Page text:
Drugmakers, device companies and health insurers all got some good news when Democrats in the U.S. House of Representatives released changes to healthcare reform legislation on Thursday.
Hefty taxes on those three industries were delayed by at least a year, among other adjustments to the bill that seeks to overhaul the nation's healthcare system.
Following are some of the winners and losers for the healthcare industry based on the reconciliation bill the House is considering along with the Senate's bill.
A vote is expected on Sunday.
• The pharmaceutical industry largely keeps its $80 billion agreement to provide savings and rebates. Its fees, to be parceled out among companies such as Pfizer and Merck , would be delayed from 2010 to 2011, increasing from the initial $2.3 billion a year to $2.7 billion.
• Overall, wider insurance coverage could help offset the costs by providing more potential customers.
• Drugmakers warded off deeper price cuts in the Medicare program for the elderly. The House had sought to fully close the so-called "doughnut hole" where coverage drops temporarily after reaching a spending limit, but the bill maintains the industry's 50 percent discount. The government will pay for another 25 percent discount.
• Lawmakers rejected Obama's plan to end lucrative "pay-for-delay" settlements with brand-name drugmakers, a win for both generic and brand name companies.
• The bill also discards an earlier provision that would have extended a hospital drug discount program.
• Fees for medical device makers such as Boston Scientific and Medtronic would be delayed until 2013 after initial bills called for 2010. The sector earlier won a reduction in an industry tax to $20 billion, down from $40 billion.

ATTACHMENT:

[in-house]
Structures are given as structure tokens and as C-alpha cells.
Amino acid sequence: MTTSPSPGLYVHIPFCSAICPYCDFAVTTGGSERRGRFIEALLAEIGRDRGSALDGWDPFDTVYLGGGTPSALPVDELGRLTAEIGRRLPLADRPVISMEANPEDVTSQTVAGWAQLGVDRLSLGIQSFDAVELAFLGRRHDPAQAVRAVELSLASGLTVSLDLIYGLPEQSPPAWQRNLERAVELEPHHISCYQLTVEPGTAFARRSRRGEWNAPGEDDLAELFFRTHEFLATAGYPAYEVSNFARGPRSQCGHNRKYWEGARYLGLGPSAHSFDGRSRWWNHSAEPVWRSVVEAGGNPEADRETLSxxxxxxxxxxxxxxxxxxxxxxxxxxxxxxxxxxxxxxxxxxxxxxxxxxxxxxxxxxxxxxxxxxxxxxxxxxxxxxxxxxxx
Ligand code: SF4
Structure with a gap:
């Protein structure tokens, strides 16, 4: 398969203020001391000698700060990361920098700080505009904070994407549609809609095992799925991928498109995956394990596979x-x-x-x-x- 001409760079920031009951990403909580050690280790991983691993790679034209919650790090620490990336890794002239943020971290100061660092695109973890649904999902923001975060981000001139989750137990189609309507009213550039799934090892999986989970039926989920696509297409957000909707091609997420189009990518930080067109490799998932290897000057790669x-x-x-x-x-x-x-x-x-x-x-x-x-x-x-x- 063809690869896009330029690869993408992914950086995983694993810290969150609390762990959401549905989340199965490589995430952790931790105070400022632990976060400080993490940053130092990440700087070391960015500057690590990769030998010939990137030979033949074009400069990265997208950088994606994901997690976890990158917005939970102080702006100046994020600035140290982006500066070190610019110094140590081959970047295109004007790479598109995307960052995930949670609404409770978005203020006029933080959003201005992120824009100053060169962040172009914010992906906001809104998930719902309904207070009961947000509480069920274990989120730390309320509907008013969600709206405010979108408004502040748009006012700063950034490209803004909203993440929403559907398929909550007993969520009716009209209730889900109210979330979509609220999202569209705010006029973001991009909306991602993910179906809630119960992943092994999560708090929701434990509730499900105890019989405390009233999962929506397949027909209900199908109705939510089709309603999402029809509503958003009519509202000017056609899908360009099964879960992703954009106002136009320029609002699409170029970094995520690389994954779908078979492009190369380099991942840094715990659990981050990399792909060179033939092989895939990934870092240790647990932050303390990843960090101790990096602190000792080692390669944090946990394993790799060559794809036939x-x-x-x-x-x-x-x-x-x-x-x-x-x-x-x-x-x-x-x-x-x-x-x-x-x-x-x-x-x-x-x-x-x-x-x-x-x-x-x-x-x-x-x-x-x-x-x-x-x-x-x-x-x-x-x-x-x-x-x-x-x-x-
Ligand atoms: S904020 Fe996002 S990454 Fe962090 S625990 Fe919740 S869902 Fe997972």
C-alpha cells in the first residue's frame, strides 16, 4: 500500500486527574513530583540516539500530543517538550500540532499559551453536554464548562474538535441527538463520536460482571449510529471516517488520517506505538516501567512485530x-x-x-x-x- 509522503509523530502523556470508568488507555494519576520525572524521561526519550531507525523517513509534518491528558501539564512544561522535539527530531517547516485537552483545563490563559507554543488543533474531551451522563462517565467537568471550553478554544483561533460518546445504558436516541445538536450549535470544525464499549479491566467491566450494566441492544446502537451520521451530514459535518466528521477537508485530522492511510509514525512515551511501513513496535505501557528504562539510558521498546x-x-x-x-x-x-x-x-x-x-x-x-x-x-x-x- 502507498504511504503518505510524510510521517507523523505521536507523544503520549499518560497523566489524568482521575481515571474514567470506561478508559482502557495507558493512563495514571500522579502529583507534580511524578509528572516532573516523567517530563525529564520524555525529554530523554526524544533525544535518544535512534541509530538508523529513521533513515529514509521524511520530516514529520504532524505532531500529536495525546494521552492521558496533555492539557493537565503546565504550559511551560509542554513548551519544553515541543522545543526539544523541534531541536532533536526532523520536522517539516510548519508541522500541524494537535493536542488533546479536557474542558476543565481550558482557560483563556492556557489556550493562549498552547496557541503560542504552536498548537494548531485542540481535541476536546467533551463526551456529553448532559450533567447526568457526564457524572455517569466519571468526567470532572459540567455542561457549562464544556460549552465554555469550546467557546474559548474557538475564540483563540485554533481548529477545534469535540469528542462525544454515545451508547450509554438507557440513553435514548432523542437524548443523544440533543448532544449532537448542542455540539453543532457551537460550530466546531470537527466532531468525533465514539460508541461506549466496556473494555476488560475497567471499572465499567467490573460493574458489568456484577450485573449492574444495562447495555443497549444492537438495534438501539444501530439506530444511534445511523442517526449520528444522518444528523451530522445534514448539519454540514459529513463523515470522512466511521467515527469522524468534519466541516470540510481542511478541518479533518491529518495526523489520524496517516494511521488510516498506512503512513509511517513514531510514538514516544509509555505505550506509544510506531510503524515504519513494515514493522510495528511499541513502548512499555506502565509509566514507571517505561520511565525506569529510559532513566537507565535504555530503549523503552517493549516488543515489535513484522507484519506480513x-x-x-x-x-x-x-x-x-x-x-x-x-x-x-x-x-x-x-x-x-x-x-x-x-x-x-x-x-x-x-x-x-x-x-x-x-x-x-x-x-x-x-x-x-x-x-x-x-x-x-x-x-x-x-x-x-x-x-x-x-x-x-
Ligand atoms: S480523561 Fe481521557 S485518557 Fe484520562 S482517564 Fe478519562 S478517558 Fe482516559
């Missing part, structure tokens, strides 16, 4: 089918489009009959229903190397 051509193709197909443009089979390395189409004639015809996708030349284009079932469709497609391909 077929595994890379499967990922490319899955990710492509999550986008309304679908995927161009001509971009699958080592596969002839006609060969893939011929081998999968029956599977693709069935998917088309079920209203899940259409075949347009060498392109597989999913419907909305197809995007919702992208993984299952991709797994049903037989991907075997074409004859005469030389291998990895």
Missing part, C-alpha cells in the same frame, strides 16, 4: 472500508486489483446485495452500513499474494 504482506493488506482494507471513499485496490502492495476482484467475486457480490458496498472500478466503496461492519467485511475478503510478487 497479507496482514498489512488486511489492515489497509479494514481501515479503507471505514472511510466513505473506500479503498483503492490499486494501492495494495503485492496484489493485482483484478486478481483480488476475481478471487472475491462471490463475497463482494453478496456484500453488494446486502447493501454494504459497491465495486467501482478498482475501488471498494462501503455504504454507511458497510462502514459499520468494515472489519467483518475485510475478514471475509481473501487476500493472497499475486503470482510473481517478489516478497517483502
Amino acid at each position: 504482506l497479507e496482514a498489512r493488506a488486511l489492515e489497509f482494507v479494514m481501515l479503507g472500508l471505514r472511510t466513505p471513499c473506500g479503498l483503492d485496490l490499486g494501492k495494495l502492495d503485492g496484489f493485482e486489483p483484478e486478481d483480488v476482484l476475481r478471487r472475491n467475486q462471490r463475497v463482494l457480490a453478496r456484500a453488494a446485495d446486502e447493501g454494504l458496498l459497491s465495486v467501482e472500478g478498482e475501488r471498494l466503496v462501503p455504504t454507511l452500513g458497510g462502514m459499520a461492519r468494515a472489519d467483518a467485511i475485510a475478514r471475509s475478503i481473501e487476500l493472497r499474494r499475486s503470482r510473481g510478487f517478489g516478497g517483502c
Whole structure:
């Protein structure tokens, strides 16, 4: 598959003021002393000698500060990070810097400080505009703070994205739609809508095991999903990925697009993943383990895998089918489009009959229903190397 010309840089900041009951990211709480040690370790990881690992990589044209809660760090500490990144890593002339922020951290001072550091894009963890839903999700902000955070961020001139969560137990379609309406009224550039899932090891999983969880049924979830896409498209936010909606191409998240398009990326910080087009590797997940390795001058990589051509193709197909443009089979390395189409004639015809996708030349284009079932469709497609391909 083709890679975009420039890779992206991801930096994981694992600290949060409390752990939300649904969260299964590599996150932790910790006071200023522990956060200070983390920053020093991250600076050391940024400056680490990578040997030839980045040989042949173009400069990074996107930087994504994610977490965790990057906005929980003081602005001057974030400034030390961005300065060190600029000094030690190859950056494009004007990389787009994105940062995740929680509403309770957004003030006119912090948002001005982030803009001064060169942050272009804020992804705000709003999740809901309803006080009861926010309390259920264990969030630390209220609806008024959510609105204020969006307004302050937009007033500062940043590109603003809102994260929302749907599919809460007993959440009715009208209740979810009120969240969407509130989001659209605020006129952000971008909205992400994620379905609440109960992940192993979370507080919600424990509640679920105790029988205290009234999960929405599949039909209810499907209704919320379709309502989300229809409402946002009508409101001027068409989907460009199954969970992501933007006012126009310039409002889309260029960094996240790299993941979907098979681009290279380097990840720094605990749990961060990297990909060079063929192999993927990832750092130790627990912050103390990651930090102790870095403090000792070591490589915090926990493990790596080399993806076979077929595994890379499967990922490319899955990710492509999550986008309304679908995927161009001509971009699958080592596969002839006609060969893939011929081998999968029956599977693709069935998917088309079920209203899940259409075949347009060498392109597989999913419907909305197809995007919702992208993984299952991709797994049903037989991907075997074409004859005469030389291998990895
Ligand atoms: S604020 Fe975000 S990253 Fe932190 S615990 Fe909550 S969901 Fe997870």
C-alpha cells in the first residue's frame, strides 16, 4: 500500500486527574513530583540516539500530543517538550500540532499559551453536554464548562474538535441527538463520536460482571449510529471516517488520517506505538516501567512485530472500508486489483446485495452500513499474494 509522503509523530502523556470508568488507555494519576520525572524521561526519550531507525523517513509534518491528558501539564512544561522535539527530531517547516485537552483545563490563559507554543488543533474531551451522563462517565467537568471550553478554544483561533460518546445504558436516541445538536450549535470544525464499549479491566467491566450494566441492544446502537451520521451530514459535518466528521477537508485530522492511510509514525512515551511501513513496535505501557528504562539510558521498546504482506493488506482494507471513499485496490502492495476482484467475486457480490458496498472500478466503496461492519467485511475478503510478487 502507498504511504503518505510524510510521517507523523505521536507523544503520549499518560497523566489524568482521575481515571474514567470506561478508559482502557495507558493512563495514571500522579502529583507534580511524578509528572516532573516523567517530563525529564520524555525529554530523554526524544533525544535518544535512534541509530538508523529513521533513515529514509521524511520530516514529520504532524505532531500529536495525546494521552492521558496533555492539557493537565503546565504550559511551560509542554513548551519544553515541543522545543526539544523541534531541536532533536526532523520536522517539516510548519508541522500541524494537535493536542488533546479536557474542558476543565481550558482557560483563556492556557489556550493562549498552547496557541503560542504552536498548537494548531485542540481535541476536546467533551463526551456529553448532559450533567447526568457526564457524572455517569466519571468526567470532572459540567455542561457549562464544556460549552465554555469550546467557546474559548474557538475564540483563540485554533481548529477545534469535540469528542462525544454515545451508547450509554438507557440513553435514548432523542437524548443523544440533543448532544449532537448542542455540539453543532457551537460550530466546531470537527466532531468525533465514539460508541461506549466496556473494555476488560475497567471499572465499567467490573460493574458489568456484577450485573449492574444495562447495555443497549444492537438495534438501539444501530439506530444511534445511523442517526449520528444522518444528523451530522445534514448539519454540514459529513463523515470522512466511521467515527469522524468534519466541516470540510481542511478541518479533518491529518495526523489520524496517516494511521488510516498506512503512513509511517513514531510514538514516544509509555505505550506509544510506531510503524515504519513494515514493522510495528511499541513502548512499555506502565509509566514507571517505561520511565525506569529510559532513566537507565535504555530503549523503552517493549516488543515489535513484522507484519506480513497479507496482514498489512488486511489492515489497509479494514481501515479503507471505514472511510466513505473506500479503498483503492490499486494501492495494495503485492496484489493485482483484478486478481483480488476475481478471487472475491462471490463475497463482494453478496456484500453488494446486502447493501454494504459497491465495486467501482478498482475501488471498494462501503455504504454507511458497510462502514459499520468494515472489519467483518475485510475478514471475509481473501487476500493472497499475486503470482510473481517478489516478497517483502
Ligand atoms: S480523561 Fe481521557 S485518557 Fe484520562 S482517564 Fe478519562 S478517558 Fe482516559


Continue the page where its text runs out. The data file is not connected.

• Rather than an overall industry fee, the bill now contains a 2.9 percent sales tax. Certain products, such as eyeglasses, contact lenses and others bought by consumers at stores are exempt.
• Hospitals, which include companies such as Universal Health Services and Tenet Healthcare , say they kept their a $155 billion, 10-year deal accepting lower government payments from Medicare and Medicaid in exchange for an expected boost in insured customers.
• A provision that could have helped certain rural and children's hospitals through an expanded hospital drug discount program was dropped.
• While health insurers overall still face tighter regulation, there was some good news. Insurers such as Aetna , Cigna , UnitedHealth Group and WellPoint saw their $67 billion, 10-year tax delayed until 2014.
• Private Medicare plans called Medicare Advantage would see their payments frozen in 2011, then lowered in 2012. The plans, which can offer more benefits than traditional Medicare coverage, would also have to spend at least 85 cents out of every dollar on medical costs — leaving 15 cents toward overhead and salaries, among other things.
• Consumer protection provisions still aim to change the way companies do business, banning denial of coverage for preexisting medical conditions and ending limits on how much coverage patients can get from their insurers over their lifetime. Certain curbs would be expanded to all health insurance plans six months after the bill passes, while others take effect in 2014.
• The bill changes penalties for individuals who do not buy health insurance as mandated. The fine is lowered from $495 to $325 in 2015 and from $750 to $695 in 2016, but the alternative method of fining people using a percentage of income increased slightly to 2.5 percent by 2016.
• There are some potential bright spots: The bill does not include President Barack Obama's call for federal oversight of health insurance rates and premiums. It also expands tax credits and other financing to help more people afford insurance.
• Lawmakers have said up to 30 million more Americans could have insurance with the reform.
• Overall, companies that make generic versions of brand-name drugs still see little direct help, although increasing insurance access could help more people buy medicine.
• Generic drugmakers had been concerned that closing the Medicare "doughnut hole" would turn people away from cheaper, generic medicines. The bill includes a 75 percent discount on generic drugs, the same as brand-name.
Tanning Bed Makers
• The bill keeps a 10 percent tax on consumers who use indoor tanning salons, seeking to raise $2.7 billion by 2019 while discouraging use that can cause skin cancer.
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